Controlling Concurrency

Some tasks need to be run with very strict concurrency rules to ensure they don’t collide with each other. Common examples for needing concurrency control are deployments, app releases and infrastructure tasks.

To help you control concurrency, Buildkite provides two primitives: concurrency limits and concurrency groups. While these two primitives are closely linked and interdependent, they operate at different levels.

Concurrency Limits

Concurrency limits define the number of jobs that are allowed to run at any one time. These limits are set per-step and only apply to jobs that are based on that step.

Setting a concurrency limit of 1 on a step in your pipeline will ensure that no two jobs created from that step will run at the same time, even if there are agents available.

You can add concurrency limits to steps either through Buildkite, or your pipeline.yml file. When adding a concurrency limit, you'll also need the concurrency_group attribute so that steps in other pipelines can use it as well.

I'm seeing an error about a missing `concurrency_group_id` when I run my pipeline upload

This error is caused by a missing `concurrency_group` attribute. Add this attribute to the same step where you defined the `concurrency` attribute.

Concurrency Groups

Concurrency groups are labels that group together Buildkite jobs when applying concurrency limits. When you add a group label to a step the label becomes available to all Pipelines in that organization. These group labels are checked at job runtime to determine which jobs are allowed to run in parallel. Although concurrency groups are created on individual steps, they represent concurrent access to shared resources and can be used by other pipelines.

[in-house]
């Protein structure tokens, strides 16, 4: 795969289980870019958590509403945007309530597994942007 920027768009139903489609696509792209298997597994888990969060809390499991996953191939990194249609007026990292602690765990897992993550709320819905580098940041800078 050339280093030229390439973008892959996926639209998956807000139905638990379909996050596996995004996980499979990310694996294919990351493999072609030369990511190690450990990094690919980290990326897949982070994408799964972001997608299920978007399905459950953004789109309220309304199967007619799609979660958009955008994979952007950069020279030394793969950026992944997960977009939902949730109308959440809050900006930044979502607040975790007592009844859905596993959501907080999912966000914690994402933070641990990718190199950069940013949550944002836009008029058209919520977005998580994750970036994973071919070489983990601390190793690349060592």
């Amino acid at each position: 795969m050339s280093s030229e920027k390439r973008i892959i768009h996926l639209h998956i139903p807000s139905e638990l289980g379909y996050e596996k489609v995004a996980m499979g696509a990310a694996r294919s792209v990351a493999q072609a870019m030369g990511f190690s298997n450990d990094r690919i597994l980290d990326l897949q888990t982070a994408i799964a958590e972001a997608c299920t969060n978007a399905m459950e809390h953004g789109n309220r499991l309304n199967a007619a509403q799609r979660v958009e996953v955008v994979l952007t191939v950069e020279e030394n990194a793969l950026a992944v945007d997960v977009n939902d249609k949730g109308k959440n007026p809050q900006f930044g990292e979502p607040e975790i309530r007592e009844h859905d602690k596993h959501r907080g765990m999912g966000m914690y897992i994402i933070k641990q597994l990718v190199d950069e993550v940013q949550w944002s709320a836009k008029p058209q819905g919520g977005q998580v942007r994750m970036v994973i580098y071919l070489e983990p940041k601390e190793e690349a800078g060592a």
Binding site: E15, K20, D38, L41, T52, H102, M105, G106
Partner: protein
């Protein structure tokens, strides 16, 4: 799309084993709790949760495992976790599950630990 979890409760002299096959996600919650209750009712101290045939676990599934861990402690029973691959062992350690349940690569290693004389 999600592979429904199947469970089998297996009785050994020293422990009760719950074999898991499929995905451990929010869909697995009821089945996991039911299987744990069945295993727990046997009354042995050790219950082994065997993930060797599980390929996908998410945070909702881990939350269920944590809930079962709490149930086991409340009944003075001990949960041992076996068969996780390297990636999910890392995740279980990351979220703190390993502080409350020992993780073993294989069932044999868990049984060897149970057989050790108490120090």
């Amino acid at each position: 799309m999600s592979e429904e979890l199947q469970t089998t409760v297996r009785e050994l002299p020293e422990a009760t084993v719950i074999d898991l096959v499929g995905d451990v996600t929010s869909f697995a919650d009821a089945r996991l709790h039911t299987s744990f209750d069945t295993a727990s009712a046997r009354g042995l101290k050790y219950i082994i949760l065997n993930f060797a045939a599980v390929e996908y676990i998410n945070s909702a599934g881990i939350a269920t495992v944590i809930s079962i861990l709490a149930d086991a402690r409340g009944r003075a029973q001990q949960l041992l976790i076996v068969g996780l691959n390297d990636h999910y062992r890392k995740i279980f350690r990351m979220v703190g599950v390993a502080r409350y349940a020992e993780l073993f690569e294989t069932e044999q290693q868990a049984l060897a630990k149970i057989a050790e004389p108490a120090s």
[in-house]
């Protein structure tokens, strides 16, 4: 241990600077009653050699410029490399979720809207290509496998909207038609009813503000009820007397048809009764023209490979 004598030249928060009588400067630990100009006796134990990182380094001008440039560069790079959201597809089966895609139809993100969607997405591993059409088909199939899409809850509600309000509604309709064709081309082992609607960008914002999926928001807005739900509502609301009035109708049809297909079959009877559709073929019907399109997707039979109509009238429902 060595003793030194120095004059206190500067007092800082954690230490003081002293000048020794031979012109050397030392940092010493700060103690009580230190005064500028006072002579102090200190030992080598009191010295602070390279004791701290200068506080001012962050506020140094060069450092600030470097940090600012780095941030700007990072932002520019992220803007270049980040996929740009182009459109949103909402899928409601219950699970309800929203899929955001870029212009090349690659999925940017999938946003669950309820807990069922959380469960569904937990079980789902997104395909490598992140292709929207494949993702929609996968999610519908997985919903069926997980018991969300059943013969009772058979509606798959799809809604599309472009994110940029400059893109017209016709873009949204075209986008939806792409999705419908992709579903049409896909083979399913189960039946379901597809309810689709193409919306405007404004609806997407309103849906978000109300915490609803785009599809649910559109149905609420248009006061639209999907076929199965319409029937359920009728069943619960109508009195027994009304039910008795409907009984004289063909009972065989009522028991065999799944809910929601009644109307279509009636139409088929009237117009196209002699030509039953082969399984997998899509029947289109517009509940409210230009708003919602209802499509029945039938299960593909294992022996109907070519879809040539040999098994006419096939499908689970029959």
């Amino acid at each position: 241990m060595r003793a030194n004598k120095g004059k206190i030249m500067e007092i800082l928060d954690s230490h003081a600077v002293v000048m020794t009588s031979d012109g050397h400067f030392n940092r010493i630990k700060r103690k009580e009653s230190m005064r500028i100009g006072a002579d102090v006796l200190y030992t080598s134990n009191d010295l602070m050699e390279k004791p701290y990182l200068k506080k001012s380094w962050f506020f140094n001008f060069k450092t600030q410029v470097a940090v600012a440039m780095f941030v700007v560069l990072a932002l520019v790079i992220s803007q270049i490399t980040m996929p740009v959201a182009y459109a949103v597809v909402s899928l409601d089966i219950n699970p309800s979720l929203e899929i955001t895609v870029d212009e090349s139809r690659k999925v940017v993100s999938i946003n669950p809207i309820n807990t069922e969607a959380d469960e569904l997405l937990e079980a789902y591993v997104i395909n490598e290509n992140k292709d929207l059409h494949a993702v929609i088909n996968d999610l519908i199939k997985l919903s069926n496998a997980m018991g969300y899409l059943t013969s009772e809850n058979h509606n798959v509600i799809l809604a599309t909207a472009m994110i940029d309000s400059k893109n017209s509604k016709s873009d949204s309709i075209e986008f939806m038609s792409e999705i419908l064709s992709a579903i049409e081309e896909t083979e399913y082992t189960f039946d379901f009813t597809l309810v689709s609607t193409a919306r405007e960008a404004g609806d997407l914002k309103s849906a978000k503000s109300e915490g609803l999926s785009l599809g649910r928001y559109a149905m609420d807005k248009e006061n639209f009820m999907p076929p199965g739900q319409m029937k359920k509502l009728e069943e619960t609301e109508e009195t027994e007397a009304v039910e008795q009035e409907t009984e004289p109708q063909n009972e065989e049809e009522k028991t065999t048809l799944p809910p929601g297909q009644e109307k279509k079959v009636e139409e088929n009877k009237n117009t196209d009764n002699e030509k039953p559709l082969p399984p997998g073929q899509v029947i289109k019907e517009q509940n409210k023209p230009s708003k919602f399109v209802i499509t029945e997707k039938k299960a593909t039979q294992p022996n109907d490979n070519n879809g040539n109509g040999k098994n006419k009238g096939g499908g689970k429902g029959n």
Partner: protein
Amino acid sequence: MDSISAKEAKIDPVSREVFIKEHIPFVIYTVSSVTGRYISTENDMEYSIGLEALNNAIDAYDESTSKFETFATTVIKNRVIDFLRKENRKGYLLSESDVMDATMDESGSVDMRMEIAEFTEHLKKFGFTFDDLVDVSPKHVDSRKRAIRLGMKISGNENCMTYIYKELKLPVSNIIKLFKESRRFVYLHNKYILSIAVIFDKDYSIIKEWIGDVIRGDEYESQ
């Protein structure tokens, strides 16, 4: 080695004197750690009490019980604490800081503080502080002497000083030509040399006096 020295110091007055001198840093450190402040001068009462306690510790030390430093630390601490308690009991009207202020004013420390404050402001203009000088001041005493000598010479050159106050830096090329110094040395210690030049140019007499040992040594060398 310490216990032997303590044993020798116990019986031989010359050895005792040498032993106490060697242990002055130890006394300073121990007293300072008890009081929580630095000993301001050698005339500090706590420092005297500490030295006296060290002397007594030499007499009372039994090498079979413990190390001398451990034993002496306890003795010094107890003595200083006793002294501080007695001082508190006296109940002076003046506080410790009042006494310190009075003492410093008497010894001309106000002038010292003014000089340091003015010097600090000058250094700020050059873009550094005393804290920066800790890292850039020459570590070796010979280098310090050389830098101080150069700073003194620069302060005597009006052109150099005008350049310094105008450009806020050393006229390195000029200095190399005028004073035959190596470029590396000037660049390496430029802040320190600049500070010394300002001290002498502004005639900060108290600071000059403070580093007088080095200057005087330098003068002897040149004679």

The following is an example command step that ensures deployments run one at a time. If multiple builds are created with this step, each deployment job will be queued up and run one after the other in the order they were created.

pipeline.yml
- command: 'deploy.sh'
  label: ':rocket: Deploy production'
  branches: 'master'
  agents:
    deploy: true
  concurrency: 1
  concurrency_group: 'our-payment-gateway/deploy'

Make sure your concurrency_group names are unique, unless they're accessing a shared resource like a deployment target.

For example, if you have two pipelines that each deploy to a different target but you give them both the concurrency_group label deploy, they will be part of the same concurrency group and will not be able to run at the same time, even though they're accessing separate deployment targets. Unique concurrency group names such as our-payment-gateway/deployment, terraform/update-state, or my-mobile-app/app-store-release, will ensure that each one is part of its own concurrency group.

Concurrency groups guarantee that jobs will be run in the order that they were created in. Jobs inherit the creation time of their parent. Parents of jobs can be either a build or a pipeline upload job. As pipeline uploads add more jobs to the build after it has started, the jobs that they add will inherit the creation time of the pipeline upload rather than the build.

Concurrency and Parallelization

Sometimes you need strict concurrency while also having jobs that would benefit from parallelization. In these situations you can use concurrency gates to control which jobs run in parallel and which jobs run one at a time.

In the following setup, only one build at a time can enter the concurrency gate, but within that gate the e2e tests can run up to three at a time, subject to Agent availability.

pipeline.yml
steps:
  - command: echo "Running unit tests"

  - command: echo "Start of concurency gate"
    concurrency_group: gate
    concurrency: 1

  - wait

  - command: echo "Running deployment"
    key: dep

  - command: echo "Running e2e tests after the deployment"
    parallelism: 3
    depends_on: dep

  - wait

  - command: echo "End of concurency gate"
    concurrency_group: gate
    concurrency: 1

  - command: echo "This and subsequent steps run independently"